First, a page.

TCHAIKOVSKY: Symphony No. 1 in G minor, Op. 13 “Winter Dreams”; KALINNIKOV: Symphony No. 1 in G minor – Indianapolis Symphony Orchestra/ Fabien Sevitzky – Pristine Audio PASC 560, 75:21 [www.pristineclassical.com] ****:
Tchaikovsky called his 1868 (rev. 1874 and 1888) his First Symphony “a sin of my sweet youth” and retained an affection for the youthful score, which had initially received harsh criticism from Anton Rubinstein and Cesar Cui. By 1888, however, the First Symphony found a favorable reception, and Tchaikovsky bestowed the mood label “Winter Dreams” upon the music himself. Fabien Sevitzky, the first to record the work (19 March 1946), finds freshness and inventive color in the piece that continues to charm. The opening Allegro tranquillo set by flute and bassoon invokes some pungent chromatics in the orchestra and a degree “academic” counterpoint that Tchaikovsky invokes to certify his credentials as a “classical” composer. The Indianapolis oboe sets the tone for the emotionally effective Andante cantabile ma non tanto, which purports to describe a “Land of Desolation, Land of Mists.” The muted and then full strings of the orchestra guarantee the warm fullness of the music in its rich statement. Tchaikovsky had composed an early Piano Sonata in C-sharp Minor whose Mendelssohnian character provides the energy for the Scherzo: Allegro scherzando giocoso third movement. The glossy middle section, a seductive waltz, finds a rapturous color in Mark Obert-Thorn’s sonic restoration. This kind of waltz pattern provides an obvious model for Tchaikovsky’s spiritual protégé, Glazunov. A grumpy Russian folksong serves as the basis for the last movement, Finale: Andante lugubre – Allegro maestoso, which favors circuitous harmonic routes when the secondary tempo erupts. Once more, Tchaikovsky opts for polyphonic procedure to secure the work a place in the “classical” canon. The string work from Sevitzky does him the kind of credit we usually attribute to his more famous relative, Serge Koussevitzky. The cumulative momentum of the heavily “Russified” finale – courtesy of strings, brass, timpani, and cymbals – has our collective hearts pounding and feet tapping.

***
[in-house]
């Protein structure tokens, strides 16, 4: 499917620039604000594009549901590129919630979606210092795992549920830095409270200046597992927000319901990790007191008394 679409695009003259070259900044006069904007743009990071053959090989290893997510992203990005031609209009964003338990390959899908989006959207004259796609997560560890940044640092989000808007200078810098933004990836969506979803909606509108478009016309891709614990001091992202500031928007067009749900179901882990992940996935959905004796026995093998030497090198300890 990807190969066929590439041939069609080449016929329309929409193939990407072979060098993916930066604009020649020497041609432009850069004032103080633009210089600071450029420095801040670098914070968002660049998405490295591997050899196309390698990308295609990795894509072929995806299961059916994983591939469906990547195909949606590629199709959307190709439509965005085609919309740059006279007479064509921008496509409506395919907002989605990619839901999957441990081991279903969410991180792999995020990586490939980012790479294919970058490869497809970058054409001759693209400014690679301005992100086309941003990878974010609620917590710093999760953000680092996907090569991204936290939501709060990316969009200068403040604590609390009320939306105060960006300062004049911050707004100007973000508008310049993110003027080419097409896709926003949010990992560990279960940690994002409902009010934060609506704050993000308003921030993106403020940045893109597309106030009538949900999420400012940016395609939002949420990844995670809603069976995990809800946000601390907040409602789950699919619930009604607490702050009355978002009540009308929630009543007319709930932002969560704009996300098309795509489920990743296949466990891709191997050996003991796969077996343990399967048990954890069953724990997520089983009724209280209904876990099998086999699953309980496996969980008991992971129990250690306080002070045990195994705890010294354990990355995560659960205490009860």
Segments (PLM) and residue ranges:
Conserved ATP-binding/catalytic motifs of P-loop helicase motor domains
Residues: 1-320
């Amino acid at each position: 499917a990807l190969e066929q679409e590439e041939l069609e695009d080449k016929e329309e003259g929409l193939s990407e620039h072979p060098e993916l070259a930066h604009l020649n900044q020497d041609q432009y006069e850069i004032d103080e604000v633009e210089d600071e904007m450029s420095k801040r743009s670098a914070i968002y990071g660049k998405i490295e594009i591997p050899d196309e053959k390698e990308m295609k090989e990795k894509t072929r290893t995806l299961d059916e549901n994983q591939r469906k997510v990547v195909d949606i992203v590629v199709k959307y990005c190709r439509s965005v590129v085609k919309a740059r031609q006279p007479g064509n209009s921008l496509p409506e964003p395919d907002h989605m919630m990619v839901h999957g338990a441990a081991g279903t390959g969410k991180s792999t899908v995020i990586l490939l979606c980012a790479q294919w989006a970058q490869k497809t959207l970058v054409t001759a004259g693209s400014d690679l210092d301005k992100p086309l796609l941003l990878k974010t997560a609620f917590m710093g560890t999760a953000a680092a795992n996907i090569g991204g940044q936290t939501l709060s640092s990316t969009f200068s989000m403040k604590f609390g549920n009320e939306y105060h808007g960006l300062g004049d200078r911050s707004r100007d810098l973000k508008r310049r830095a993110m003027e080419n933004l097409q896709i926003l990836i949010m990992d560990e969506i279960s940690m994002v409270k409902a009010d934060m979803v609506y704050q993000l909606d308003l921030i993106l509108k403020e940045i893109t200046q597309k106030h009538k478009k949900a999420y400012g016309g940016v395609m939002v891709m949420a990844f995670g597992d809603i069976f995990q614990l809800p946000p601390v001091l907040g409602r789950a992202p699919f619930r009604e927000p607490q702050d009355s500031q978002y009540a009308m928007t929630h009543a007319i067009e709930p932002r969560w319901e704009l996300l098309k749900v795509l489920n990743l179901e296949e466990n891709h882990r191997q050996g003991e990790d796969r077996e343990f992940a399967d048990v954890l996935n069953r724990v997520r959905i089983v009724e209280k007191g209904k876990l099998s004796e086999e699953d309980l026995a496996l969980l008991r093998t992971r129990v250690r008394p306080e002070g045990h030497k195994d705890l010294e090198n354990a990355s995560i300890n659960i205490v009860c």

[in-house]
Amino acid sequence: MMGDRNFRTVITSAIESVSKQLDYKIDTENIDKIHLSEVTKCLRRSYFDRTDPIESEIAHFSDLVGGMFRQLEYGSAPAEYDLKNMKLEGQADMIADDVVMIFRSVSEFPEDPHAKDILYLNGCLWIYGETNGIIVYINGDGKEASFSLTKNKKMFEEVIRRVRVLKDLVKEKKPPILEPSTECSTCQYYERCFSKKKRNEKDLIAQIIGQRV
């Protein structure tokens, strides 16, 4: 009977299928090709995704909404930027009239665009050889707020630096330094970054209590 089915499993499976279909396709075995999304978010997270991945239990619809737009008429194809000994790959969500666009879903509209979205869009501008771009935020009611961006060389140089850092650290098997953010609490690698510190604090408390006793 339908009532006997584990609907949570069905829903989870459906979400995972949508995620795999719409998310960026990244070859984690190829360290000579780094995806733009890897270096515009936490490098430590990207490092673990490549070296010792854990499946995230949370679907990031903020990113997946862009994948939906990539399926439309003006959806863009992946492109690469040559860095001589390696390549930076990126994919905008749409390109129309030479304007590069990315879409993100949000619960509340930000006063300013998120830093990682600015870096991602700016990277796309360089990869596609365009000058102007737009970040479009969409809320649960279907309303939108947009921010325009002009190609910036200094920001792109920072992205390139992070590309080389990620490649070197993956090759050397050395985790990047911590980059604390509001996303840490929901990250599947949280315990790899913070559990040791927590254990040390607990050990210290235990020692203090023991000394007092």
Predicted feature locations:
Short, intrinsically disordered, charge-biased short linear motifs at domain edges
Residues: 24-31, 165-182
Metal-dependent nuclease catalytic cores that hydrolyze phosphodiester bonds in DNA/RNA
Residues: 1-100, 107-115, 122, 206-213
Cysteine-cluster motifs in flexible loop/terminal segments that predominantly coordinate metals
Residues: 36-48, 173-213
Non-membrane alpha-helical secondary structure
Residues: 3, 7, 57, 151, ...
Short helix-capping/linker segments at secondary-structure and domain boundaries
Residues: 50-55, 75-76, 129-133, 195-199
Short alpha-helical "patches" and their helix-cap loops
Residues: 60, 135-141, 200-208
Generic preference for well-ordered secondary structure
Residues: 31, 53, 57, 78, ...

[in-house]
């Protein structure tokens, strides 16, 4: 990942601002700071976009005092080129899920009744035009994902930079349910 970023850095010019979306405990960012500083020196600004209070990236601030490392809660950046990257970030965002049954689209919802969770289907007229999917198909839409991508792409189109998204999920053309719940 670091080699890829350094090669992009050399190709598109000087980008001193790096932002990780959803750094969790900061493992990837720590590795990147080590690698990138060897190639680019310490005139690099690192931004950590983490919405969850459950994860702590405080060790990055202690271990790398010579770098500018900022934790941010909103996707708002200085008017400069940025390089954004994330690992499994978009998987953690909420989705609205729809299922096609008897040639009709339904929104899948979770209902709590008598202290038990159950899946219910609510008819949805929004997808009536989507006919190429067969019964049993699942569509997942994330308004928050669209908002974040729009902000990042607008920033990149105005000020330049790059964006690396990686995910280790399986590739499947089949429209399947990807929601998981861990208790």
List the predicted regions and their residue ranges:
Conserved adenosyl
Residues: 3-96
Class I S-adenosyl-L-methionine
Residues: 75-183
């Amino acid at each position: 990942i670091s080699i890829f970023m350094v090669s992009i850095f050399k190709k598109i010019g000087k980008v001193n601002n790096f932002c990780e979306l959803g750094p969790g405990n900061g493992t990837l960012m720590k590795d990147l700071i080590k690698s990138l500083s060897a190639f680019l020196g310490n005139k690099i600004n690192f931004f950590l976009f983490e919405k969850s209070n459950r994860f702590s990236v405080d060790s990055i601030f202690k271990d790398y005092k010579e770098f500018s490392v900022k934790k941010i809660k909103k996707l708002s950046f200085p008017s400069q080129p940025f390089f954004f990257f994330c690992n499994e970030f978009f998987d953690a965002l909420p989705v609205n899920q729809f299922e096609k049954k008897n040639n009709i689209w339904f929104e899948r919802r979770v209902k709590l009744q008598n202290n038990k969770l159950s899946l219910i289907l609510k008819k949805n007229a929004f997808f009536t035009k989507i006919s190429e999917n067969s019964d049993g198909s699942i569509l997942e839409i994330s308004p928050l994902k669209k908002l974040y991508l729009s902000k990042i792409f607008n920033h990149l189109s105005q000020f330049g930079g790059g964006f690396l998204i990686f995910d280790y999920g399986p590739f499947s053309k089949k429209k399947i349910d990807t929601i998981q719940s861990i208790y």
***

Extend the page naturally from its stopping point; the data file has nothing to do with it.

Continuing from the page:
Vassily Kalinnikov (1866-1901) lives on in the annals of music primarily on the basis of his First Symphony of 1897, although some claim his Second Symphony technically superior. Serge Rachmaninov remained a loyal supporter of Kalinnikov’s music, while Tchaikovsky recommended him to direct the Maly Theatre in Moscow. The First Symphony receives its first recorded performance by Fabien Sevitzky (7-8 January 1941), and Arturo Toscanini, too, found the work worthy of his efforts. The freshness and optimistic energy of the first movement Allegro moderato contains a good deal of counterpoint but no less a secondary melody that Borodin could envy. The fugal materials sing, expand, and then dissipate, perhaps leaving us curious as to their dramatic import, but the improvisatory character and sheer elan of the music carries us away.
The second movement Andante commodamente projects a kind of oriental luster, once more suggestive of but not derivative of Borodin. The music opens with a violin-harp series of diaphanous repeated chords that might nod to Rimsky-Korsakov and Cesar Cui. A Persian carpet unfolds in gossamer colors that could easily take us – and Sabu – to Bagdad. The stately ensuing dance, in interlaced harmony, gravitates between E-flat Major and G-sharp minor. The Indianapolis flute makes it sultry presence known. The ensuing Scherzo: Allegro non troppo – Moderato assai exchanges subtle veils of color for a rustic energy in tricky agogics that Tchaikovsky or Mussorgsky might exploit. The woodwind choir makes a fine canvas of the Trio section, the brass and strings having added some colorful curlicues of their own.
The last movement economically re-uses themes from prior movements, but in cleverly and audaciously scored combinations. A sense of creative freedom marks this music, improvisatory even as it recycles familiar motifs. The grand melody of movement one literally collides with energies from the slow movement; and once more, the penchant for abbreviated counterpoint makes its muscular appearance. The sense of playful enthusiasm, moreover, marks the realization by the Indianapolis players, eager to impress upon us a new work of singular gifts.
Many thanks to Mark Obert-Thorn and his Pristine collaborators for this fine addition, the fourth, to the under-rated legacy of conductor Fabien Sevitzky.
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